Let us proceed to more substantial questions.

The Constantinian Era

We all know what an immense change occurred in the position of the Church with Constantine the Great's proclamation of freedom for the Church at the beginning of the 4th century. This outward act was also reflected everywhere in the inward life of the Church. Was there here a break in the inner structure of the Church's life, or was there a development? The consciousness of the Orthodox Church replies in one way, and Protestantism in another to this question. The main part of Fr. A. Schmemann's book is given over to the elucidation of this question.
The period of Constantine the Great and later is characterized by the author as the era of a profound "regeneration of liturgical piety." Therefore, the author sees in the Church of this time, not new forms of expressions of piety, flowing from the breadth and liberty of the Christian spirit in accord with the words of the Apostle: Where the Spirit of the Lord is, there is liberty, but rather a regeneration of the interpretation of worship and a deviation from the early Christian liturgical spirit. He develops a point of view inspired long ago by the prejudices of the Lutheran Reformation. Thus, the history of the structure of our services is being interpreted in the light of this "regeneration of liturgical piety."
A propos of this, it is also difficult to reconcile oneself to the term "liturgical piety." In the ordinary usage of words, piety is Christian faith, hope, and love, independent of the forms of their expression. Such an understanding is instilled in us by the Sacred Scriptures, which distinguish only authentic piety (piety is profitable unto all things — I Tim. 4:8) from false or empty piety (James 1:26; II Tim. 3:5). Piety is expressed in prayer, in Divine services, and the forms of its expression vary depending on circumstances: whether in church, at home, in prison, or in the catacombs. But we Orthodox scarcely need a special term like "liturgical piety" or "church piety," as if one were pious in a different manner in church than at home, and as if there existed two kinds of religiousness: "religiousness of faith" and "religiousness of cult." Both the language of the Holy Fathers and of theology have always done without such a concept. Therefore it is a new idea, foreign to us, of a special liturgical piety that the author instills when he writes: "It is in the profound regeneration of liturgical piety and not in new forms of cult, however striking these may seem to be at first glance, that we must see the basic change brought about in the Church's liturgical life by the Peace of Constantine" (p. 78). And in another place: "The center of attention is shifted from the living Church to the church building itself, which was until then a simple place of assembly… Now the temple becomes a sanctuary, a place for the habitation and residence of the sacred… This is the beginning of church piety" (pp. 89–90). The freedom of the Church under Constantine establishes, writes the author, "a new understanding of the cult, a new liturgical piety" (p. 80), a "mysteriological piety." In his usage of such terms one senses in the author something more than the replacement of one terminology by another more contemporary one; one senses something foreign to Orthodox consciousness. This fundamental point is decisively reflected in the author's views on the Mysteries, the hierarchy, and the veneration of saints, which we shall now examine.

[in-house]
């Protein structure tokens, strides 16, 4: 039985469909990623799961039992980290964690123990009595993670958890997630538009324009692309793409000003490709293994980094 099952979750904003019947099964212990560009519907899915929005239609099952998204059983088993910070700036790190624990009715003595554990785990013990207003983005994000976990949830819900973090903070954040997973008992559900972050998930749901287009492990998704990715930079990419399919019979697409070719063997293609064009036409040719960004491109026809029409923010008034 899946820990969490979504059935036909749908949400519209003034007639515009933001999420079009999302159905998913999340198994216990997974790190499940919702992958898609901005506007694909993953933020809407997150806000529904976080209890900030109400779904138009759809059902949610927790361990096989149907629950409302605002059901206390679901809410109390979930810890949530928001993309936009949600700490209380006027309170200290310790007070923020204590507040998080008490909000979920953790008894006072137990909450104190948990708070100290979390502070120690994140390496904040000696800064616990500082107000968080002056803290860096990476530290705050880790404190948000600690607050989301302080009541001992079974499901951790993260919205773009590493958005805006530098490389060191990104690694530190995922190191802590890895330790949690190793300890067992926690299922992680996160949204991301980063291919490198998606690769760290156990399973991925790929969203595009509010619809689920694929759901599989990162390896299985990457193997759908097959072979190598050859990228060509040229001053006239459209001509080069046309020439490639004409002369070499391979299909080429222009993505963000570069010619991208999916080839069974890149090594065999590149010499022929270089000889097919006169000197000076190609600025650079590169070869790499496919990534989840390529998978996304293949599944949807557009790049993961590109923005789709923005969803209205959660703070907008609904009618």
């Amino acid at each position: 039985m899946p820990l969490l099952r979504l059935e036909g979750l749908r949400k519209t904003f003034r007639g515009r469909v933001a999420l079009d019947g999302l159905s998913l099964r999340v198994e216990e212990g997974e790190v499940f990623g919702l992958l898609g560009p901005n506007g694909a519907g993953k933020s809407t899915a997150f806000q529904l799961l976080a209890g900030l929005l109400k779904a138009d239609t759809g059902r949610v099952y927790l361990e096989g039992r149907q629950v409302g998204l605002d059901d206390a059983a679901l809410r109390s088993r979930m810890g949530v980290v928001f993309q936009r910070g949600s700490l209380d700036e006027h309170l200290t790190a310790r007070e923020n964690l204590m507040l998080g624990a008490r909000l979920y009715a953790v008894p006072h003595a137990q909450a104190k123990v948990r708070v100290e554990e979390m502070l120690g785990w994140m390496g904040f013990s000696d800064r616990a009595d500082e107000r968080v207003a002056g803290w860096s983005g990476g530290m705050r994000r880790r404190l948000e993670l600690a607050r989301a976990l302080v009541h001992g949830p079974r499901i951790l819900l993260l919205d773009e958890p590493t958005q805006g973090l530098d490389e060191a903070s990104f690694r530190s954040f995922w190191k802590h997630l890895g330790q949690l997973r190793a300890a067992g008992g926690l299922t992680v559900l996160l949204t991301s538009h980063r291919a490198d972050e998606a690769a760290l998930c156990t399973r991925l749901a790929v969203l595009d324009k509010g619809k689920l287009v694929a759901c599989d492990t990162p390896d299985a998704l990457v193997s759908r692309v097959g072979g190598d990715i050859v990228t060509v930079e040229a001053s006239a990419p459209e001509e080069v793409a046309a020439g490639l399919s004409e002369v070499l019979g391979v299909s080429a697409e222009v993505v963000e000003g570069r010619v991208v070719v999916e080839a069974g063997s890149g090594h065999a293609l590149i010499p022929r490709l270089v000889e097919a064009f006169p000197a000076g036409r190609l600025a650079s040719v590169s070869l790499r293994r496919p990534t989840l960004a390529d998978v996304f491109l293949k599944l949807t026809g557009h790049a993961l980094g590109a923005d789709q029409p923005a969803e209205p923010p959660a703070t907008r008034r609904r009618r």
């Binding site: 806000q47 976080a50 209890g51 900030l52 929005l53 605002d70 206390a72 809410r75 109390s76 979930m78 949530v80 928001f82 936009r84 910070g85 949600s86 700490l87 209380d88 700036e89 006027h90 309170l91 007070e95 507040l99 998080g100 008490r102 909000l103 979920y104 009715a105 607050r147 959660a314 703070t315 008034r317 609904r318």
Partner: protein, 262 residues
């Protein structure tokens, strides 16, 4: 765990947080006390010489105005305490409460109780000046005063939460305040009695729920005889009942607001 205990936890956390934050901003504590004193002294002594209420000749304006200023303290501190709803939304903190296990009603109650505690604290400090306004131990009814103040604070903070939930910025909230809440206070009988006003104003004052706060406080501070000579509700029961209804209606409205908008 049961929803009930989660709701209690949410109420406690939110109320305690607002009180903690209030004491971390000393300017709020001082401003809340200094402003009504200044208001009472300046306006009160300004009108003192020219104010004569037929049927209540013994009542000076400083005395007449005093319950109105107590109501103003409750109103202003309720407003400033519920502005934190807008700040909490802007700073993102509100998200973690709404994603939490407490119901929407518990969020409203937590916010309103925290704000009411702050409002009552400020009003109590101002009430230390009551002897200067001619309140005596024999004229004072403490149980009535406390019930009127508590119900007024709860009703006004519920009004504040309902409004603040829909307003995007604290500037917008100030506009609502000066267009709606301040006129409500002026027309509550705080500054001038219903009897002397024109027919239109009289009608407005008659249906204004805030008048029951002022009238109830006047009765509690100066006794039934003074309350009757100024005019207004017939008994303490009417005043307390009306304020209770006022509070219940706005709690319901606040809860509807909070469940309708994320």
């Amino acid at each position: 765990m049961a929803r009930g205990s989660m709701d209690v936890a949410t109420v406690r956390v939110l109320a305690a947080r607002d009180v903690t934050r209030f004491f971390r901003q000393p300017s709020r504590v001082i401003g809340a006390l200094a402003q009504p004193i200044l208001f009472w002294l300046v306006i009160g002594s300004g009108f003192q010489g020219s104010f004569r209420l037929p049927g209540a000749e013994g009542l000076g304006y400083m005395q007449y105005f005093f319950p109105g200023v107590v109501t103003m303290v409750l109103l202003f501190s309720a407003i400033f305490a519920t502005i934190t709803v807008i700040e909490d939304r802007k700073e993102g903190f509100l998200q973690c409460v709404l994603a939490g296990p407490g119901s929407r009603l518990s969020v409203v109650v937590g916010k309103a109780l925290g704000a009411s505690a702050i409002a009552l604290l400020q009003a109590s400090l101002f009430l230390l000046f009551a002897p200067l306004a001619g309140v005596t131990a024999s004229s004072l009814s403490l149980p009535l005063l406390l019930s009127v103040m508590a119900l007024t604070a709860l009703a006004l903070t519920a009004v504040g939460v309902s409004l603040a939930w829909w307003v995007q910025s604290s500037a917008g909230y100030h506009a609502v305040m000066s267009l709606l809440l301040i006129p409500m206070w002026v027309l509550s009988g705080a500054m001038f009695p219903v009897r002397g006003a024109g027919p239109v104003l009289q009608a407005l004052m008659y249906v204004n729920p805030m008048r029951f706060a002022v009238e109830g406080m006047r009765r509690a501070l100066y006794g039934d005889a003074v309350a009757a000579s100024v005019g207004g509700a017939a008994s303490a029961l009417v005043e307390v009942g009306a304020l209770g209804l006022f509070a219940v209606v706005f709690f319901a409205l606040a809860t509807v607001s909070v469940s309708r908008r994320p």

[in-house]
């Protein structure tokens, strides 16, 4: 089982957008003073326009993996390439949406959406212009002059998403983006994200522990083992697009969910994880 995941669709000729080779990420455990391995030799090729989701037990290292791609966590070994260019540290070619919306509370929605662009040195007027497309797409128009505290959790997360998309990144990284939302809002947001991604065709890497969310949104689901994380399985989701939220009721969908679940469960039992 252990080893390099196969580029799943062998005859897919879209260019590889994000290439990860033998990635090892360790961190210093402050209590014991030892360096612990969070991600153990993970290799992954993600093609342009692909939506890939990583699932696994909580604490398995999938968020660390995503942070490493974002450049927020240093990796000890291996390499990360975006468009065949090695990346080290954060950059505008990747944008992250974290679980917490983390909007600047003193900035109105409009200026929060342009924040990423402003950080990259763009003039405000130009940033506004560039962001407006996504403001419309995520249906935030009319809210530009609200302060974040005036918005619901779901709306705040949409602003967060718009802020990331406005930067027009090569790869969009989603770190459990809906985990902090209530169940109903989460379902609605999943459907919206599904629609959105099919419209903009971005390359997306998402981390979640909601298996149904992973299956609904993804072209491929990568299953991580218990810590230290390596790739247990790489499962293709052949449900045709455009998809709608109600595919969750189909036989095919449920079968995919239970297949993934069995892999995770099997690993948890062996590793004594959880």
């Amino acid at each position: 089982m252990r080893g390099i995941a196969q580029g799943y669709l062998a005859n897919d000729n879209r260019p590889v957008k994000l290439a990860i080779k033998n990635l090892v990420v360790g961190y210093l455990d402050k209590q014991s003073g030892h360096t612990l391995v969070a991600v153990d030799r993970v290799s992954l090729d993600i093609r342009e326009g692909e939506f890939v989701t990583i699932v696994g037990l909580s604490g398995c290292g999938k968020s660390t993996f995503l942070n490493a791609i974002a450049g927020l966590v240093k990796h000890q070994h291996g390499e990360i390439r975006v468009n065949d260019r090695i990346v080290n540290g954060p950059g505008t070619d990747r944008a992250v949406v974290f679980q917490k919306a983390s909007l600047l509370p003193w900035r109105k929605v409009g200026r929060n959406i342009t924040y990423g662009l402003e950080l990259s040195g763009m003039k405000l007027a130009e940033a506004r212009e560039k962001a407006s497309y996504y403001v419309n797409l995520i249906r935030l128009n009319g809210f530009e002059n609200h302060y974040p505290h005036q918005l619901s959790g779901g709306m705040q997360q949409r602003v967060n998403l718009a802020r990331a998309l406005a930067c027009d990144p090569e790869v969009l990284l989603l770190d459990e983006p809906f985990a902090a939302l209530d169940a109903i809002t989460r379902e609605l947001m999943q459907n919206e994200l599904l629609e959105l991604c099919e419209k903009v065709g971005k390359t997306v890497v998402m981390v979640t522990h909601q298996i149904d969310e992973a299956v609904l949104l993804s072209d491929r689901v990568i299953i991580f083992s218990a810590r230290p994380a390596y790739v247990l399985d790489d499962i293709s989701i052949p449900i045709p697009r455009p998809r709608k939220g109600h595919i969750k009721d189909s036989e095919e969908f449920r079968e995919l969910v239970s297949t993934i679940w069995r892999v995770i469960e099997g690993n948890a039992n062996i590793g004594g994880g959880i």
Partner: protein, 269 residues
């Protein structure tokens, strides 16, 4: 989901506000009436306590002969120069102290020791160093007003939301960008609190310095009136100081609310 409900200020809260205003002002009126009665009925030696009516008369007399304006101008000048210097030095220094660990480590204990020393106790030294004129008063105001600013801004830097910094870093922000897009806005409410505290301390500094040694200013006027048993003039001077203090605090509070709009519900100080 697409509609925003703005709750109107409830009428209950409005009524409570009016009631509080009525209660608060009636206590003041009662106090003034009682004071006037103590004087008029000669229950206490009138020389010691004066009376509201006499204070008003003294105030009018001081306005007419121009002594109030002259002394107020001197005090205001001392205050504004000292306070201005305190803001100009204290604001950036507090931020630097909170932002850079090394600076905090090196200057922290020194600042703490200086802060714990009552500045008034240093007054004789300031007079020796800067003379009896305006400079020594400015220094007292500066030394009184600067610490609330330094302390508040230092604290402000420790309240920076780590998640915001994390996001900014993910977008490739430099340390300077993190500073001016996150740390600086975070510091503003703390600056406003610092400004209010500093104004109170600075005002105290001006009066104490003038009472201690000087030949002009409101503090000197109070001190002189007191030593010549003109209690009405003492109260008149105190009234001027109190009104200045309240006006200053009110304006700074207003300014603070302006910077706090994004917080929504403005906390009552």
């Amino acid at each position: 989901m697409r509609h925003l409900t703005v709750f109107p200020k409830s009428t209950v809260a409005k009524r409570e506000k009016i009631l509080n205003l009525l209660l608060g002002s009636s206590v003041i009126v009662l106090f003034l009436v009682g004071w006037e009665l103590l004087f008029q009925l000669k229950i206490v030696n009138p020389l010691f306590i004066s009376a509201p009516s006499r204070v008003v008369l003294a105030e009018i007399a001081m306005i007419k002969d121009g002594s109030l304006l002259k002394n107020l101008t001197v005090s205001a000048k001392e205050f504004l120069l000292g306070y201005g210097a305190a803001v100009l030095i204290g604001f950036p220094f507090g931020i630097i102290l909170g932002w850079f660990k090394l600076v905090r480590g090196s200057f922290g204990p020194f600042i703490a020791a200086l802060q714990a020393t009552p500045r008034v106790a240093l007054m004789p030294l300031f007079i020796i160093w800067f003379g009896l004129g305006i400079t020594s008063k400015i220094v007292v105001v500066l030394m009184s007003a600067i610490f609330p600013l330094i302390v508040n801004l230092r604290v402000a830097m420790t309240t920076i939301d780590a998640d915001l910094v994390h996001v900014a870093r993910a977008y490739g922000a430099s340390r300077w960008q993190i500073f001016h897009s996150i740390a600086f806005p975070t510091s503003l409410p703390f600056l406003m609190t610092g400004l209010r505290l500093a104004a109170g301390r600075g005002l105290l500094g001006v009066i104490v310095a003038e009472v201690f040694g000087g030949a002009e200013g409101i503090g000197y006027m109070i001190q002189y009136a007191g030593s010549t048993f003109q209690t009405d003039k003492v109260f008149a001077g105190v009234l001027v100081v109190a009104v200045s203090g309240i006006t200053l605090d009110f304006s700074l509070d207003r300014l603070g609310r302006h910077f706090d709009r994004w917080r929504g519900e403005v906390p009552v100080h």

The Mysteries and the Sanctifying Element in Sacred Rites

The author adheres to the concept that the idea of "sanctification," of "mysteries," and in general of the sanctifying power of sacred rites was foreign to the ancient Church and arose only in the era after Constantine. Although the author denies a direct borrowing of the idea of "mysteries-sacraments" from the pagan mysteries, he nonetheless recognizes the "mysteriality-sacralization" in worship as a new element of "stratification" in this era. "The very word 'mystery,' " he writes, citing the Jesuit scholar (now Cardinal) J. Danielou, "did not originally have the meaning in Christianity that was subsequently given it, a mysteriological meaning; in the New Testament Scriptures it is used only in the singular and in accordance with the general significance of the economy of our salvation. The word 'mystery' (mysterion) in Paul and in early Christianity always signified the whole work of Christ, the whole of salvation"; thus, in the author's opinion, the application of this word even to separate aspects of the work of Christ belongs to the following era.
In vain, however, does the author cite a Western scholar concerning the word "mystery." If in Saint Paul we read the precise words: Let a man so account of us, as of the ministers of Christ and stewards of the mysteries (Greek: mysterion, genitive plural) of God (I Cor. 4:1). The Apostles were stewards of the Mysteries, and this apostolic stewardship was expressed concretely in the service of the Divine stewardship: a) in invocatory sermons, b) in joining to the Church through Baptism, c) in bringing down the Holy Spirit through the laying down of hands, d) in strengthening the union of the faithful with Christ in the Mystery of the Eucharist, e) in their further deepening in the mysteries of the Kingdom of God, concerning which the same Apostle says: Howbeit we speak wisdom among them that are perfect. But we speak the wisdom of God in a mystery, even the hidden wisdom (I Cor. 2:6–7). Thus the activity of the Apostles was full of sacramental* (mysterionmystero) elements.